In International Trade Law fields, supply chain management is probably one of the hottest issues as well as traditional trade law disputes including anti-dumping duties. Currently, more and more numbers of globally active companies are paying attention to strengthen their compliance in human rights, environmental issues, and other economic national security matters in their entire supply chains. In the process of such attempts, we need to pay attention to assess economic sanction laws and multijurisdictional export control regulations. To go through such assessment, we need to obtain supports from attorneys all over the world, but it is quite exciting challenge.
In Tourism Law fields, I assume that modernizing major rules regulating the industry is one of the most important challenges. As repeatedly mentioned, it is crystal clear that tourism is the top prioritized business in coming ages in Japan, relevant rules regulating the business seem a bit old-fashioned. To invite more and more entrants from rest of the business and rest of the world, we need to upgrade the structure of the relevant regulations in some days in the future.
What are some of the most important challenges and opportunities you currently see for businesses?
Businesses need to pay extra care on non-profit matters in conducting their business as well as profitable matters in recent or coming years. It is obvious that generating profit is the most important goal for business activities. I assume, however, without paying enough attention to matters which are not directly connecting to profitable activities such as ESGs, geo-political matters and compliance works, companies could not earn sufficient profits these years. Then, whether you like or not, businesses need to care about such “new” value when they conduct their business.
You are a Non-Government Advisor in International Competition Network. Tell us more about this.
Serving as a Non-Government Advisor in International Competition Network is exciting job. There are plenty of chances to speak with governmental officials in other antitrust/competition authorities and private practitioners focusing Antitrust/Competition laws in other jurisdictions. Since antitrust/competition laws are relatively universal compared to other legal fields as mentioned, I could make use of my expertise which I obtained when I advise to the clients and have a presentation in advisory board in Japan in front of my speaking engagement in the forum of International Competition Network. I would like to expand my engagement in the ICN more to the future.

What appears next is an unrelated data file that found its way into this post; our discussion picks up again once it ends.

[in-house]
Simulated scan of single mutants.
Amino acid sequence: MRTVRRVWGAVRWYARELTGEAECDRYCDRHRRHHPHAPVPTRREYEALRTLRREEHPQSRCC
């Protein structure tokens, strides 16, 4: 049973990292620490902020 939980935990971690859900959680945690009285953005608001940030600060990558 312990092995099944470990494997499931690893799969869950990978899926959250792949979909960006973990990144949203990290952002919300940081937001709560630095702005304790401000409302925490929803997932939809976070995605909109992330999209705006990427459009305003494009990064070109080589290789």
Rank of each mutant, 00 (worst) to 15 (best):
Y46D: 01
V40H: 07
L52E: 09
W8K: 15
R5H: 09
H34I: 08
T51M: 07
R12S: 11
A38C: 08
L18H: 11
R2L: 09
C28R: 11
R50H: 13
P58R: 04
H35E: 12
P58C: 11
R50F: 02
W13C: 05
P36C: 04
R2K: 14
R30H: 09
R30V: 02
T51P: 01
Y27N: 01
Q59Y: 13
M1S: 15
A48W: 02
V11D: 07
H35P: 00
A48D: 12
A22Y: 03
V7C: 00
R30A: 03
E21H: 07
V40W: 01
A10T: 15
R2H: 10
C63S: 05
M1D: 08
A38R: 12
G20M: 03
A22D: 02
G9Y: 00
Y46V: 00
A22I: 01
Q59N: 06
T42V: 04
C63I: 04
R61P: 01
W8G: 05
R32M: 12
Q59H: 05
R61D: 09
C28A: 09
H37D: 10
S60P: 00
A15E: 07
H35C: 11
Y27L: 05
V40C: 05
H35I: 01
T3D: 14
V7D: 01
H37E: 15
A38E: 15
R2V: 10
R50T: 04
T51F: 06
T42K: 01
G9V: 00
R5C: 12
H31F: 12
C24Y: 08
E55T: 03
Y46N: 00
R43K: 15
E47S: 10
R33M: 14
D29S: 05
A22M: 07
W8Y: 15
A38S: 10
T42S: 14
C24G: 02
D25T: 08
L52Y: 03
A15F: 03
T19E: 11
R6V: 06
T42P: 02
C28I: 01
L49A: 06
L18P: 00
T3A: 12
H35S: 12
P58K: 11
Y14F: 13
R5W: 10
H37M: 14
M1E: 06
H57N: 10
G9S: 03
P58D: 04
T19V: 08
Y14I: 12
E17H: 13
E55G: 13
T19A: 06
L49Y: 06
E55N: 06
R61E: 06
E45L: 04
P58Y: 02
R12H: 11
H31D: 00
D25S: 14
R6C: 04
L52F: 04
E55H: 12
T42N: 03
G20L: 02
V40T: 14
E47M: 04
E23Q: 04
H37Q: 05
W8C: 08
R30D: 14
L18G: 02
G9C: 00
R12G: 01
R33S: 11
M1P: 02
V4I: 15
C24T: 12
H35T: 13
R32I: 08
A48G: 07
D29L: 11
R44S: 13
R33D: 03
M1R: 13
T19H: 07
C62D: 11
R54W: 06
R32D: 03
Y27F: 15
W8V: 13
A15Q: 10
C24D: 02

What have been your keys to success in your legal career in Japan?
Well, perhaps finding the “right” field is a key to make success in one’s legal career in Japan. Apparently legal market in Japan is quite competitive like other jurisdictions. It seems worth noting that there are enough room for every lawyer to have a good position to involve in wonderful cases when he/she finds places he/she can dive in and devoting to for a long time. Japanese companies particularly trust lawyers who has good sense of the fields of law and good knowledge about what other companies are doing. Then, finding the “right” field and continue working in the area for certain time might be one of the key factors to make success.
How can clients and referral sources contact you?
Please feel free to email me via Mori Hamada & Matsumoto’s website below:
You could also contact me via LinkedIn Messaging. Then, I will provide my professional email address in a timely manner.